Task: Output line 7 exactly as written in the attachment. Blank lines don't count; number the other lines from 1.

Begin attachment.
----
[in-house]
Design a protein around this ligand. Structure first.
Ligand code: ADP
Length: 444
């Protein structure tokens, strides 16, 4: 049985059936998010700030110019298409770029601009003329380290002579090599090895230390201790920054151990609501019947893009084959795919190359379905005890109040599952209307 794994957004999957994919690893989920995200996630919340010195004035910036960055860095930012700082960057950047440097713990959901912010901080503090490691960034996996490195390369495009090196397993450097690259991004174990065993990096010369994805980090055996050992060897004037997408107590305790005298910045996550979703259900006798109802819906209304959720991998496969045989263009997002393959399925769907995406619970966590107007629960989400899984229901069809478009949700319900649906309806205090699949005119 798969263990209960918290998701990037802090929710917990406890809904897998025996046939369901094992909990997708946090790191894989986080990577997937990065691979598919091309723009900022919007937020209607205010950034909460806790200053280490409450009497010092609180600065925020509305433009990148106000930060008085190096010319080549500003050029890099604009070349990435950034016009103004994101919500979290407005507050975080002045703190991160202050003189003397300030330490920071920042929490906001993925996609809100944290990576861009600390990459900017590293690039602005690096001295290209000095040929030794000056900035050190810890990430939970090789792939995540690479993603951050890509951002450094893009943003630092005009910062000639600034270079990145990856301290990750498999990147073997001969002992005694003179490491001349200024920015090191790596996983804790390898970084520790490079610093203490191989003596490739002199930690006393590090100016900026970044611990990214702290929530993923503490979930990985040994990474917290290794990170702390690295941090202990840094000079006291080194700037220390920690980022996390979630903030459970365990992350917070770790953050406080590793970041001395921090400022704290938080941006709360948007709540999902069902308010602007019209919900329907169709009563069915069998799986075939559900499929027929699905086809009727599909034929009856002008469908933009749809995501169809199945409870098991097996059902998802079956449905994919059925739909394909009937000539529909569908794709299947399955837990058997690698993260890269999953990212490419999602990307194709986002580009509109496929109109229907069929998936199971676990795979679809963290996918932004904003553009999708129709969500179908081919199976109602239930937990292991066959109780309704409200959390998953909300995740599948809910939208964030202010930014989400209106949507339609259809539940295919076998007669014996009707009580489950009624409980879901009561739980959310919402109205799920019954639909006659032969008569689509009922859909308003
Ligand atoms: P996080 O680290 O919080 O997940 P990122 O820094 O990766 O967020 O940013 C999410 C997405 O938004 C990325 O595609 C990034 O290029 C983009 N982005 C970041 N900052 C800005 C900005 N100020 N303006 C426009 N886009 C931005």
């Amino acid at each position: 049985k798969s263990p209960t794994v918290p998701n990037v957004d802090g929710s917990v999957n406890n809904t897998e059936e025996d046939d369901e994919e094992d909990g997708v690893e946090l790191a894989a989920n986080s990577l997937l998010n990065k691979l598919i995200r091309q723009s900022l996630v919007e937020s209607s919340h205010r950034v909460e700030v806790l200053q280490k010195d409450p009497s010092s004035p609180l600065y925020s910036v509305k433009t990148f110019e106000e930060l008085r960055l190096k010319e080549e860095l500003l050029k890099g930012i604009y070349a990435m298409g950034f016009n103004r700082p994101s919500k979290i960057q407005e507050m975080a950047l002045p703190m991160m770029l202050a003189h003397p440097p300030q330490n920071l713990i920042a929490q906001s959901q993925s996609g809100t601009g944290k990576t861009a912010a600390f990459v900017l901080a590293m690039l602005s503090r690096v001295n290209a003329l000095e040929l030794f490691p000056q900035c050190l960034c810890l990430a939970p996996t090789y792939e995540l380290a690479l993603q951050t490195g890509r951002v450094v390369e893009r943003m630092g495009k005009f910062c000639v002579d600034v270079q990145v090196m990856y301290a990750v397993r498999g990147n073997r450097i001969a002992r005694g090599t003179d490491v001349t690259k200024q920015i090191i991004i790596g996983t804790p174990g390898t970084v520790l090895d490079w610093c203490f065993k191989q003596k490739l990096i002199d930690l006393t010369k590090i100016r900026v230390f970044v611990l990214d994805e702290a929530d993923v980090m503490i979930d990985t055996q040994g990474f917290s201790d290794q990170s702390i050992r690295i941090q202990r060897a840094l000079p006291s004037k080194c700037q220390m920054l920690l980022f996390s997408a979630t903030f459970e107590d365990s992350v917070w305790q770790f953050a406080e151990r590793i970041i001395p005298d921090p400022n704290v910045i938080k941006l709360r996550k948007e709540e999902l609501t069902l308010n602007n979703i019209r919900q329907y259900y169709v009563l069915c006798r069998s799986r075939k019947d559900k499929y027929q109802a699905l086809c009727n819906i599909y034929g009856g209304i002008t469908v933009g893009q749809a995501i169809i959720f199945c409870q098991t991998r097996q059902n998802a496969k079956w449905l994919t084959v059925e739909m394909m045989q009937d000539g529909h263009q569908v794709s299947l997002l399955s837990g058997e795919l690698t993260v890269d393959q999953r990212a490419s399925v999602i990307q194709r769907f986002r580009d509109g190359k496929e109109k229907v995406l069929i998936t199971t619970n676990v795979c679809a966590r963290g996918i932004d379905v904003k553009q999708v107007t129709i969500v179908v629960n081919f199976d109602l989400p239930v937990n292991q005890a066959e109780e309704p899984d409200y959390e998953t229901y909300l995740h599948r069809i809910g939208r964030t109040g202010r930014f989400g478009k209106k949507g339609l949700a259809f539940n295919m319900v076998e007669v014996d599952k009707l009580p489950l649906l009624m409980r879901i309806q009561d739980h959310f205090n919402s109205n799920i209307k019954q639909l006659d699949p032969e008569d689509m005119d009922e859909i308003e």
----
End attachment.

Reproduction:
């Amino acid at each position: 049985k798969s263990p209960t794994v918290p998701n990037v957004d802090g929710s917990v999957n406890n809904t897998e059936e025996d046939d369901e994919e094992d909990g997708v690893e946090l790191a894989a989920n986080s990577l997937l998010n990065k691979l598919i995200r091309q723009s900022l996630v919007e937020s209607s919340h205010r950034v909460e700030v806790l200053q280490k010195d409450p009497s010092s004035p609180l600065y925020s910036v509305k433009t990148f110019e106000e930060l008085r960055l190096k010319e080549e860095l500003l050029k890099g930012i604009y070349a990435m298409g950034f016009n103004r700082p994101s919500k979290i960057q407005e507050m975080a950047l002045p703190m991160m770029l202050a003189h003397p440097p300030q330490n920071l713990i920042a929490q906001s959901q993925s996609g809100t601009g944290k990576t861009a912010a600390f990459v900017l901080a590293m690039l602005s503090r690096v001295n290209a003329l000095e040929l030794f490691p000056q900035c050190l960034c810890l990430a939970p996996t090789y792939e995540l380290a690479l993603q951050t490195g890509r951002v450094v390369e893009r943003m630092g495009k005009f910062c000639v002579d600034v270079q990145v090196m990856y301290a990750v397993r498999g990147n073997r450097i001969a002992r005694g090599t003179d490491v001349t690259k200024q920015i090191i991004i790596g996983t804790p174990g390898t970084v520790l090895d490079w610093c203490f065993k191989q003596k490739l990096i002199d930690l006393t010369k590090i100016r900026v230390f970044v611990l990214d994805e702290a929530d993923v980090m503490i979930d990985t055996q040994g990474f917290s201790d290794q990170s702390i050992r690295i941090q202990r060897a840094l000079p006291s004037k080194c700037q220390m920054l920690l980022f996390s997408a979630t903030f459970e107590d365990s992350v917070w305790q770790f953050a406080e151990r590793i970041i001395p005298d921090p400022n704290v910045i938080k941006l709360r996550k948007e709540e999902l609501t069902l308010n602007n979703i019209r919900q329907y259900y169709v009563l069915c006798r069998s799986r075939k019947d559900k499929y027929q109802a699905l086809c009727n819906i599909y034929g009856g209304i002008t469908v933009g893009q749809a995501i169809i959720f199945c409870q098991t991998r097996q059902n998802a496969k079956w449905l994919t084959v059925e739909m394909m045989q009937d000539g529909h263009q569908v794709s299947l997002l399955s837990g058997e795919l690698t993260v890269d393959q999953r990212a490419s399925v999602i990307q194709r769907f986002r580009d509109g190359k496929e109109k229907v995406l069929i998936t199971t619970n676990v795979c679809a966590r963290g996918i932004d379905v904003k553009q999708v107007t129709i969500v179908v629960n081919f199976d109602l989400p239930v937990n292991q005890a066959e109780e309704p899984d409200y959390e998953t229901y909300l995740h599948r069809i809910g939208r964030t109040g202010r930014f989400g478009k209106k949507g339609l949700a259809f539940n295919m319900v076998e007669v014996d599952k009707l009580p489950l649906l009624m409980r879901i309806q009561d739980h959310f205090n919402s109205n799920i209307k019954q639909l006659d699949p032969e008569d689509m005119d009922e859909i308003e």